Of course, it’s still too early to tell but Great Sacandaga’s water level might be OK for the May 5 opener of the statewide pike and walleye season. As of last week the lake level was at about 759.40, up some 10 feet from its low point but still well below the agreed upon level.
With no snowmelt and little rain to boost the feeder streams it may be slow in rising to its desired level but will still be high enough to provide good fishing when the Great Sacandaga Lake Fisheries Federation contest kicks off on May 5, the opening day of the seasons.
Last year, the parking lot at the Sand Bar Restaurant, the contest’s headquarters, was pretty much flooded several days before the event but receded nicely in time for the contest. Unless we get some horrendous amounts of rain between now and May 5, quite the opposite will be true, though launching at the Sand Bar’s ramp - and other lake ramps - should be quite good.
During May of 2011 the contest attracted a total of 109 participants, 98 adults and 11 youngsters. That’s a lot less than the record 184 that participated in the 2010 edition but that reduction was understandable when one considers the lake level and cold water temperatures in 2011.
Last year, fishing was a tad slow for most of the anglers, and a moderate bit of rain fell that morning - just enough to make you wish you had a rain jacket with you - but it didn’t last very long and the sun eventually made a welcome appearance. Despite the less than ideal conditions, some nice fish were brought in. The top northern measured in at 41 1/4 inches, the top walleye at 18 inches, and the top trout at 20 inches.
Daily periods of rain or showers are predicted for the next week or so, but what will transpire on the opening weekend is anyone’s guess. Long-range predictions are notoriously inaccurate so we’ll just have to wait and hope for the best.
There’s an informative article in a recent (April 20) edition of New York Outdoor News regarding the Great Sacandaga Lake Fisheries Federation’s successful efforts to gain Department of Environmental Conservation permission to resume stocking walleyes in the lake, something that hasn’t been done since about 1974. The organization has been requesting such permission for over 15 years but finally received a permit to do so and late this year, in October or November, the organization will pay for and release some 3,500 4 - 6 inch walleyes in the lake. There’s plenty of natural walleye reproduction in the lake but growth rates have been less than desired so the agency decided to give this stocking effort the go-ahead to see if it helps.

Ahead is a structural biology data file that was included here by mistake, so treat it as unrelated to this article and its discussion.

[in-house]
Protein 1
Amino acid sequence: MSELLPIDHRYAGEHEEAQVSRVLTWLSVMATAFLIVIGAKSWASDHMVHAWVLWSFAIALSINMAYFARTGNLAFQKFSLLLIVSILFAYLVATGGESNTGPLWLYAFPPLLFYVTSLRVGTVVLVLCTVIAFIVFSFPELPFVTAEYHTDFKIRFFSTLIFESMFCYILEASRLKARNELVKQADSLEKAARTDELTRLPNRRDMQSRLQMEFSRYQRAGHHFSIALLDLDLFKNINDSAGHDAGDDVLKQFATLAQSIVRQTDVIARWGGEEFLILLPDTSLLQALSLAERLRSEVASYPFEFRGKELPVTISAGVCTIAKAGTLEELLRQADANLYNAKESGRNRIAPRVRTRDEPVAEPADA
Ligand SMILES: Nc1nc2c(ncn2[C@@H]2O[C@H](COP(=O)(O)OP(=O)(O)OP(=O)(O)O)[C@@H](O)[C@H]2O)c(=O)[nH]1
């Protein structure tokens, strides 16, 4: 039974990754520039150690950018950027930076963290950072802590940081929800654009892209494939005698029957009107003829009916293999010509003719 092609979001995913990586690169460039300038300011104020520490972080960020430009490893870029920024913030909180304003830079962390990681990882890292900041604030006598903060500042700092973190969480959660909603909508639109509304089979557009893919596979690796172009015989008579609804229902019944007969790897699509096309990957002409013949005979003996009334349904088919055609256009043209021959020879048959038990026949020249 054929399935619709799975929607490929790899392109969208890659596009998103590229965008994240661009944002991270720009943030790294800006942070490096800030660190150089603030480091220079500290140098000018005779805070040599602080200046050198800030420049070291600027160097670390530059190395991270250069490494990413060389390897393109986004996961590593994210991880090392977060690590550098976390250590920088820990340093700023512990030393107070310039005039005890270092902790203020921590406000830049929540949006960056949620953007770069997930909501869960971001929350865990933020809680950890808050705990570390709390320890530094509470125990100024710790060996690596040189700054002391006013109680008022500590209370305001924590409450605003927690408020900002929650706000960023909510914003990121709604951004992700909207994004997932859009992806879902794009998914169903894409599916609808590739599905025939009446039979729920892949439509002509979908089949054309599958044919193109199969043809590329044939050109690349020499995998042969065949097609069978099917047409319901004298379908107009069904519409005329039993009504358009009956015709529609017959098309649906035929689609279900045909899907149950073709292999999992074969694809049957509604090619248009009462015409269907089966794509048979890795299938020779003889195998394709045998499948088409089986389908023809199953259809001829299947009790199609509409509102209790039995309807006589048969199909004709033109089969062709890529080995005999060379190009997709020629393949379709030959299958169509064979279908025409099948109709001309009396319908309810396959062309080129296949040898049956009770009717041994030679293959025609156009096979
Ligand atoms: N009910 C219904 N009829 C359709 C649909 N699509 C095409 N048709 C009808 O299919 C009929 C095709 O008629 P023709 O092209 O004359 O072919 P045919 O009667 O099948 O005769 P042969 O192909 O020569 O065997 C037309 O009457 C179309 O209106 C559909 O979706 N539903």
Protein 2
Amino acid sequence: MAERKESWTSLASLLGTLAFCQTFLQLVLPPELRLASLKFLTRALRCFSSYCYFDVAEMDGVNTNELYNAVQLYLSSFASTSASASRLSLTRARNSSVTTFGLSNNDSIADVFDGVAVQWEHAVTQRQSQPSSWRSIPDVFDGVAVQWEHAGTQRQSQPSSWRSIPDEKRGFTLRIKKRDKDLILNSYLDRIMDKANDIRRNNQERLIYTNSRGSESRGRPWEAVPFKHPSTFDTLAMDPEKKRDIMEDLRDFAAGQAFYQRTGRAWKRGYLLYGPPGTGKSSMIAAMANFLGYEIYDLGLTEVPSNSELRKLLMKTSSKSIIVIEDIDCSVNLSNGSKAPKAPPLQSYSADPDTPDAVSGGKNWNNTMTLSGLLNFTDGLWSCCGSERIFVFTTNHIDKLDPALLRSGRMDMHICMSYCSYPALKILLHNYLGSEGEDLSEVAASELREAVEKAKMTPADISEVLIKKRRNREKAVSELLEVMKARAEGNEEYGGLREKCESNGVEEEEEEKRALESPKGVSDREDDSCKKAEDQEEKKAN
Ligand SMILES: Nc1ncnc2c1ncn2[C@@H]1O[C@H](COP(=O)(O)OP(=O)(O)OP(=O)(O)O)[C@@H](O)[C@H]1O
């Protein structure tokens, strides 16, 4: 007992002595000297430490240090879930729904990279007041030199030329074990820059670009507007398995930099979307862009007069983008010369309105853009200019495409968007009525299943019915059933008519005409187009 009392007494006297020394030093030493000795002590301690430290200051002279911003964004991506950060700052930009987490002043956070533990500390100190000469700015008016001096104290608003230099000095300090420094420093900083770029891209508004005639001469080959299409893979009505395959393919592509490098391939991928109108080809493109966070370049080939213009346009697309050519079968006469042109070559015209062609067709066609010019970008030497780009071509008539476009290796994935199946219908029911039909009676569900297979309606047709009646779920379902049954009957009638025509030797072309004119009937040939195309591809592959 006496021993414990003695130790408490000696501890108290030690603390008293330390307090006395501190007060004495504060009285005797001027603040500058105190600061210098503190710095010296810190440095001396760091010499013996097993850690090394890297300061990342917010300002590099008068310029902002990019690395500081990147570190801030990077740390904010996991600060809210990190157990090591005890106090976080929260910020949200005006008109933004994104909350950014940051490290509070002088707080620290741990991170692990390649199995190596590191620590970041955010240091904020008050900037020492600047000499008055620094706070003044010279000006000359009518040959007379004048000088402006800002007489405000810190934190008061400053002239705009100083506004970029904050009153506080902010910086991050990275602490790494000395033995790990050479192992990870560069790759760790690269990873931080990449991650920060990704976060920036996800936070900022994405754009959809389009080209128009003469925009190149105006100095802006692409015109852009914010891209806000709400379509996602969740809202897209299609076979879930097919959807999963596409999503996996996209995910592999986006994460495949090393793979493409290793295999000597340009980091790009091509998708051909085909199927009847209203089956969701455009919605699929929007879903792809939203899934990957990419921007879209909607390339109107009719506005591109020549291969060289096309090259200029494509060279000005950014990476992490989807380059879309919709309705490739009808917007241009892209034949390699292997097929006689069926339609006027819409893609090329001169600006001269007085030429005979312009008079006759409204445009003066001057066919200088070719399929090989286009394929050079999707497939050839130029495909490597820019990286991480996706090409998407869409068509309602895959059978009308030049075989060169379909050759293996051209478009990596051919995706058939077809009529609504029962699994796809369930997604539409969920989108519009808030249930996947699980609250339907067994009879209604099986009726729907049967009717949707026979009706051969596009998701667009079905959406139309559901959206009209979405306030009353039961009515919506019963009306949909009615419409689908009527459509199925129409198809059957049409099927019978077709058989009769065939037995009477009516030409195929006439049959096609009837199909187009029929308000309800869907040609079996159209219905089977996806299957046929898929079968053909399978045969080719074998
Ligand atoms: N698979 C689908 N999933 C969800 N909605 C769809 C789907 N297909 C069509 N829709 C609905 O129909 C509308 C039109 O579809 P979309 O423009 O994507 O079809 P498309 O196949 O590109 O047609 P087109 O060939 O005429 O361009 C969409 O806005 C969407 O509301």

Being a reservoir with a widely fluctuating seasonal water level, the lake’s fish populations have a few strikes against them but it will be interesting to see if this effort makes a positive difference.
The annual drawdown doesn’t help, nor does the less than ideal nutrient levels in the lake, but Randy Gardinier president of the GSLFF hopes this effort will benefit the walleye population and if it does, the organization’s stocking effort may be expanded a few years down the road.
Walleyes of six or seven pounds are taken annually but not many of them grow that large and it’s hoped this effort will help with not only the overall population of walleyes but the average size as well.
At one time catching a trout in the lake was a newsworthy event but since the GSLFF began its ambitious annual trout stocking program in 1988, the lake has been transformed into a first-class trout fishery, with both rainbows and browns present, as well as some landlocked salmon.
Many anglers now head for the lake just for the excellent trout fishing. Prior to those trout releases, the organization also conducted a smelt stocking program from 1984 to 1988 but that effort resulted in only limited success.
Back a dozen or more years ago DEC visited Great Sacandaga Lake and netted a goodly number of walleyes for release in Lower Saranac Lake, where it was hoped they’d increase that fishery there. The reason the agency picked Great Sacandaga was due to a similarity in the water chemistry between that lake and the Lower Saranac.
At the time I good-naturedly accused them in this column of “piscatorial piracy” and that term haunted me for quite a few years since then. At a conference in Saranac Lake several years later I was introduced as “Mr. Piscatorial Piracy.” It was done in jest and I took it that way but of all the titles they might have bestowed upon me that was certainly the most charitable .